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Gardening: Cold frame helps plants start early, stay late

Thu., March 6, 2014

Believe it or not, last weekend in Portland I saw blooming shrubs – outdoors. On top of it, I had to peel off my Inland Northwest winter travel clothes in the face of 58-degree temperatures.

Spring is coming, but because the weather has been so whacky this winter, I think we better plan for the worst and get our season extension systems set up.

A cold frame is a simple way to get a jump on the growing season. It can be used in the spring to harden off seedlings and store our early nursery purchases until it is warm enough to set them out. It can also be used to start an early crop of salad greens, spinach or radishes. In the fall, it can protect late plantings of these crops well into November or even later.

A cold frame is simply a four-sided box with a transparent lid that captures light from the sun and traps heat to protect plants from the spring frosts. The sides of the box can be made from plywood, concrete blocks or bales of hay. Don’t use oriented strand plywood because it is not weatherproof. The transparent top can be made from salvaged window sashes, fiberglass or Plexiglas panels set in a frame, or plastic sheeting stapled to a frame.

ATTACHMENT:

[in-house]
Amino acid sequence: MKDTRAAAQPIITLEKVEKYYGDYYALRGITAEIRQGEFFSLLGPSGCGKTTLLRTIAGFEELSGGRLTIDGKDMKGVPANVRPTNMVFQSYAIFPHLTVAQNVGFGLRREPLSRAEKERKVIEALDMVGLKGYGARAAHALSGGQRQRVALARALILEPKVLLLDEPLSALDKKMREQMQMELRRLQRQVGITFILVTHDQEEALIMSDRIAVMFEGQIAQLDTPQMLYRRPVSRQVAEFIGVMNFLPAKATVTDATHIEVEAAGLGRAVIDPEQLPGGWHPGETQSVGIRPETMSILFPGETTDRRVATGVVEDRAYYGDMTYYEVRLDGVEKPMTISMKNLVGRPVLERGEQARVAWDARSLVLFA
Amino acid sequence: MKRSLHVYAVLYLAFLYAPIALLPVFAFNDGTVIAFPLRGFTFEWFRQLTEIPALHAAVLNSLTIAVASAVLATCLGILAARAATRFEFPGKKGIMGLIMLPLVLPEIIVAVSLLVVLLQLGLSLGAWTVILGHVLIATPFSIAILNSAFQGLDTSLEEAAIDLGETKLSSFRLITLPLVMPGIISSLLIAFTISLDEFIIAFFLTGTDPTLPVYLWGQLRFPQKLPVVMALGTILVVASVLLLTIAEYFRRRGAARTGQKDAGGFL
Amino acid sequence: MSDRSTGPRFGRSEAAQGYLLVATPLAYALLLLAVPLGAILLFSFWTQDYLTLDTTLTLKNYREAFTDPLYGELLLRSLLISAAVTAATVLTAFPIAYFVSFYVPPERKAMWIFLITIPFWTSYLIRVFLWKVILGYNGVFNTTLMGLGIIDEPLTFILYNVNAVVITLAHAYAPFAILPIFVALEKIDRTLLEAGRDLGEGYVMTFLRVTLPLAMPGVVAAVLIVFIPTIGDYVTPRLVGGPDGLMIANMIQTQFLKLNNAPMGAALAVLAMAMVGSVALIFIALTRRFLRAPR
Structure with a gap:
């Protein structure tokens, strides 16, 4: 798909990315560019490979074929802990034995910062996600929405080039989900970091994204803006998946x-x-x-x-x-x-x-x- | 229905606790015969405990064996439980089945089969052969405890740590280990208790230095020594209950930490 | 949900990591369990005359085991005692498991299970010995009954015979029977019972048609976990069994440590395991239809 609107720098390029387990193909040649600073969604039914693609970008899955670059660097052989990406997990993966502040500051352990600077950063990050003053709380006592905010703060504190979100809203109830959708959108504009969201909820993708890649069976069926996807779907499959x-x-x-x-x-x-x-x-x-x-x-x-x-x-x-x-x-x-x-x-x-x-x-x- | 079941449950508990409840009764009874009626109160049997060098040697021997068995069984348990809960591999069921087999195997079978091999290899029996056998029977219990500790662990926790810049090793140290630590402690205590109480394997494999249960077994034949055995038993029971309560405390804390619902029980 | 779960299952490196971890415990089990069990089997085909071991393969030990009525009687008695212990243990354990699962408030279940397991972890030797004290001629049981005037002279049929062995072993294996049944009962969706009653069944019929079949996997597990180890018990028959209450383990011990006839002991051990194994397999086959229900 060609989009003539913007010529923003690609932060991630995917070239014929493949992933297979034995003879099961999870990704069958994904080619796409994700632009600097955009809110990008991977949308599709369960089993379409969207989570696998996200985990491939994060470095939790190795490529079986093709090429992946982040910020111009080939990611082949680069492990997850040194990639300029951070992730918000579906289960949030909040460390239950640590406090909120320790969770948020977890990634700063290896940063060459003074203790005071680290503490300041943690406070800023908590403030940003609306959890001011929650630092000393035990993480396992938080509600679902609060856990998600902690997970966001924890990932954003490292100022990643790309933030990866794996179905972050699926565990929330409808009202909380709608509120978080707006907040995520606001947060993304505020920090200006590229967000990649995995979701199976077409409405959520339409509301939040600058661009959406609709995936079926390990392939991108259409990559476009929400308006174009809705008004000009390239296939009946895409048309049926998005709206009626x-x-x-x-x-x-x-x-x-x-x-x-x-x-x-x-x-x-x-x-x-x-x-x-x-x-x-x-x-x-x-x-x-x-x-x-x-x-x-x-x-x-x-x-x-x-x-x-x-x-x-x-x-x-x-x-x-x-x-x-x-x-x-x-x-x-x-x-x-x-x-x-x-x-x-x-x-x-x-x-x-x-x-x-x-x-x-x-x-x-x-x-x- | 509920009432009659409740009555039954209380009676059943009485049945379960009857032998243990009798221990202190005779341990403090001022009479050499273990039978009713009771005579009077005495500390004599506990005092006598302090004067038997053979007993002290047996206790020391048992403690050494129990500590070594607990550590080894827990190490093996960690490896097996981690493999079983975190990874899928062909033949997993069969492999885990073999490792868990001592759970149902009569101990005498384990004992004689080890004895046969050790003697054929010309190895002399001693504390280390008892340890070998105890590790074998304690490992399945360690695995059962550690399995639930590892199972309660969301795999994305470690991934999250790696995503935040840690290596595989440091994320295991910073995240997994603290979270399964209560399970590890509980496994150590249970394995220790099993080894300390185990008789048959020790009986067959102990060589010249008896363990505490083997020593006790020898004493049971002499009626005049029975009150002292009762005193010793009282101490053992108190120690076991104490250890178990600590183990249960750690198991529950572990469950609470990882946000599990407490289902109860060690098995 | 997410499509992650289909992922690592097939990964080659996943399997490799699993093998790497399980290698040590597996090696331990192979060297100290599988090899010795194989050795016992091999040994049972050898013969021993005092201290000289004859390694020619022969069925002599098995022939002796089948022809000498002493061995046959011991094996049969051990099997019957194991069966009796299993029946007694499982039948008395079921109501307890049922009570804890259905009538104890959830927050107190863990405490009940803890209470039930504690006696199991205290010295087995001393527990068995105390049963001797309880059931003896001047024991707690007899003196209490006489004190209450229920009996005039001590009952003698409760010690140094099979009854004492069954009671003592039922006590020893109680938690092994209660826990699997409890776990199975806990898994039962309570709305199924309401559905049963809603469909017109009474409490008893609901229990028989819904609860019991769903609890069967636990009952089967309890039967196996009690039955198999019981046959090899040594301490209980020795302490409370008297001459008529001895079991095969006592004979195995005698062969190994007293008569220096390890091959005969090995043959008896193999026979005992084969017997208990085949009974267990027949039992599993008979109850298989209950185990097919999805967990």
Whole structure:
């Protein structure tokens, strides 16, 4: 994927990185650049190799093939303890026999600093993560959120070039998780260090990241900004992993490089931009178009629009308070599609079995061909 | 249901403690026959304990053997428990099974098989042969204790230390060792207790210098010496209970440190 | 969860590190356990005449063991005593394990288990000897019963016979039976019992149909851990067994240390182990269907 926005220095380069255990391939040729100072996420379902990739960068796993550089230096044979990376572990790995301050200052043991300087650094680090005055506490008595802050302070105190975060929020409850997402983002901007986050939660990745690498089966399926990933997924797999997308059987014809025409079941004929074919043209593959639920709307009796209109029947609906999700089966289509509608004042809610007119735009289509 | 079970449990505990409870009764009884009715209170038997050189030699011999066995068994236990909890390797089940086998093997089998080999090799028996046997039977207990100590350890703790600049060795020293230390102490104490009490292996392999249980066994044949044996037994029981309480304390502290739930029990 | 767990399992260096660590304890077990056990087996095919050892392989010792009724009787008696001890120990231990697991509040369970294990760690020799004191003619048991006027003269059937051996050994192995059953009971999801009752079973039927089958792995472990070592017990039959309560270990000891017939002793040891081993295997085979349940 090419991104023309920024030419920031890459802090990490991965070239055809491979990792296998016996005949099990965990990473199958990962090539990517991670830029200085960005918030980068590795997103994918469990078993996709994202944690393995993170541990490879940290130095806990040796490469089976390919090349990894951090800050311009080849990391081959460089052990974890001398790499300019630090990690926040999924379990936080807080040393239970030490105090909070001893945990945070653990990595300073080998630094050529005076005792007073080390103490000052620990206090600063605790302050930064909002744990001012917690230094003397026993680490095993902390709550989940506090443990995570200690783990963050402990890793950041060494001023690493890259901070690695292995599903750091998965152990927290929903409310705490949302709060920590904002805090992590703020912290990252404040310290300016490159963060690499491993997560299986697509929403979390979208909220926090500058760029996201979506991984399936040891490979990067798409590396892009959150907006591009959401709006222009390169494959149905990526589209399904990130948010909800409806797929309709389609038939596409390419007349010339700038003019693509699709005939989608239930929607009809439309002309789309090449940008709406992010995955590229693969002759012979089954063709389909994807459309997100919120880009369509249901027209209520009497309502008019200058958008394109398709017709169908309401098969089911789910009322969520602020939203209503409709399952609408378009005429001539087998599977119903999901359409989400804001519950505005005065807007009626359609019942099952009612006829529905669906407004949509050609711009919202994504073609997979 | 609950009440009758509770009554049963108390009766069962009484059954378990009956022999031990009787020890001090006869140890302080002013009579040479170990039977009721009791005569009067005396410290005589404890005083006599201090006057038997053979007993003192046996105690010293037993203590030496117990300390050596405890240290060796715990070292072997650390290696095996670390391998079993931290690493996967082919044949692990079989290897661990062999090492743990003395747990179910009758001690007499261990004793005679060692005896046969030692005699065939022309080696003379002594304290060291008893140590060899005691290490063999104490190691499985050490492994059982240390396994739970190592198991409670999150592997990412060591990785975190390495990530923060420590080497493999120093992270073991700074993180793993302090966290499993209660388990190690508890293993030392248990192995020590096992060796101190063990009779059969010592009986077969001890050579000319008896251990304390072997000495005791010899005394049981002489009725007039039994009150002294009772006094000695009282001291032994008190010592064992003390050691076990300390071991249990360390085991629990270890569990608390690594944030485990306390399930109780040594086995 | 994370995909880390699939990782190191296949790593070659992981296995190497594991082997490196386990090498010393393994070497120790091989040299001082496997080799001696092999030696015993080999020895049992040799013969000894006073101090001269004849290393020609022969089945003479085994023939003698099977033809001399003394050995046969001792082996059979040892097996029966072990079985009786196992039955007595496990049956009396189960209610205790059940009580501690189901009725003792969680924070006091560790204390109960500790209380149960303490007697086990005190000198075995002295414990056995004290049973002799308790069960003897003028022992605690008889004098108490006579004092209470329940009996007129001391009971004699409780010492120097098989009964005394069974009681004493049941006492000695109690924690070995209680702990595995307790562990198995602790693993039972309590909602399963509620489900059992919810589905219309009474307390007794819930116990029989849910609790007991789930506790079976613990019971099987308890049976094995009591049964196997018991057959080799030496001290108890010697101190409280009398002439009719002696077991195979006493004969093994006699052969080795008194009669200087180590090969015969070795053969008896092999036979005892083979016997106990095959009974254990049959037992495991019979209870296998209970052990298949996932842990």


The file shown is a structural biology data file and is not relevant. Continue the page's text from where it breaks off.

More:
If building it yourself isn’t your thing, there are a number of commercial alternatives available from garden centers and catalogs. Many of these are very portable so you can move them around as needed and fold them up for storage when you aren’t using them.

The size of the recycled window or frame will determine the size of the box. An ideal size is 2 to 4 feet wide by 3 to 6 feet long. This size allows you to reach to the back of the bed without stepping into it. The back should be 6 to 8 inches higher than the front to catch all the sunlight possible. Place the cold frame with the slant facing south in a protected place out of the wind. Be sure it isn’t in a low spot where water can collect and seal the bottom edge to seal out drafts.

The trickiest part of using a cold frame is managing the internal temperature during the day. With the lid down, the temperature can rise quickly on a sunny day and actually cook the plants. Ideally the temperature inside the box should stay below 75 degrees for summer crops and below 60 for cool season plants. The rule of thumb is to prop open the lid of the box 6 inches once daytime temperatures reach 40 degrees and open it completely if temperatures are above 50 degrees. Close the lid in the late afternoon to trap the heat for the night. If night temperatures are predicted into the low 20s, cover the lid with straw, insulation board, cardboard or a tarp to add insulation. Remember to remove it in the morning.

Pat Munts has gardened in Spokane Valley for more than 35 years. She can be reached at pat@inlandnw

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